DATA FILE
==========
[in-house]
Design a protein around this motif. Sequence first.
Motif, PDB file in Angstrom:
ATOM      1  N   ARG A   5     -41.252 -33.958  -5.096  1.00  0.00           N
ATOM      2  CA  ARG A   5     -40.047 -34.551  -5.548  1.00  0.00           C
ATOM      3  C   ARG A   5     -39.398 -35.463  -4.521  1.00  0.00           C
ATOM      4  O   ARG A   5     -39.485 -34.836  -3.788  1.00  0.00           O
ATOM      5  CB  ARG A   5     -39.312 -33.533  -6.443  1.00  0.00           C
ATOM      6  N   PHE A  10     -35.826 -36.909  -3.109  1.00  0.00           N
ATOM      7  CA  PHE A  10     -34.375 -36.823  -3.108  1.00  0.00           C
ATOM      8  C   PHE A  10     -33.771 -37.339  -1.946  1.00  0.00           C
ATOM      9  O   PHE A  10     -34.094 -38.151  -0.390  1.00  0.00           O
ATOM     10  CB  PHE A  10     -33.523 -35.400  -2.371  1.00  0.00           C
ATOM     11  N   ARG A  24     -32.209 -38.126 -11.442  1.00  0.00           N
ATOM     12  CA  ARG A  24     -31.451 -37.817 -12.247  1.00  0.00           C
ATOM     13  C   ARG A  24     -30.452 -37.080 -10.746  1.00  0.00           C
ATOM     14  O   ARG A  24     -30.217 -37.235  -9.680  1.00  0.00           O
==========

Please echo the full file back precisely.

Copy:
[in-house]
Design a protein around this motif. Sequence first.
Motif, PDB file in Angstrom:
ATOM      1  N   ARG A   5     -41.252 -33.958  -5.096  1.00  0.00           N
ATOM      2  CA  ARG A   5     -40.047 -34.551  -5.548  1.00  0.00           C
ATOM      3  C   ARG A   5     -39.398 -35.463  -4.521  1.00  0.00           C
ATOM      4  O   ARG A   5     -39.485 -34.836  -3.788  1.00  0.00           O
ATOM      5  CB  ARG A   5     -39.312 -33.533  -6.443  1.00  0.00           C
ATOM      6  N   PHE A  10     -35.826 -36.909  -3.109  1.00  0.00           N
ATOM      7  CA  PHE A  10     -34.375 -36.823  -3.108  1.00  0.00           C
ATOM      8  C   PHE A  10     -33.771 -37.339  -1.946  1.00  0.00           C
ATOM      9  O   PHE A  10     -34.094 -38.151  -0.390  1.00  0.00           O
ATOM     10  CB  PHE A  10     -33.523 -35.400  -2.371  1.00  0.00           C
ATOM     11  N   ARG A  24     -32.209 -38.126 -11.442  1.00  0.00           N
ATOM     12  CA  ARG A  24     -31.451 -37.817 -12.247  1.00  0.00           C
ATOM     13  C   ARG A  24     -30.452 -37.080 -10.746  1.00  0.00           C
ATOM     14  O   ARG A  24     -30.217 -37.235  -9.680  1.00  0.00           O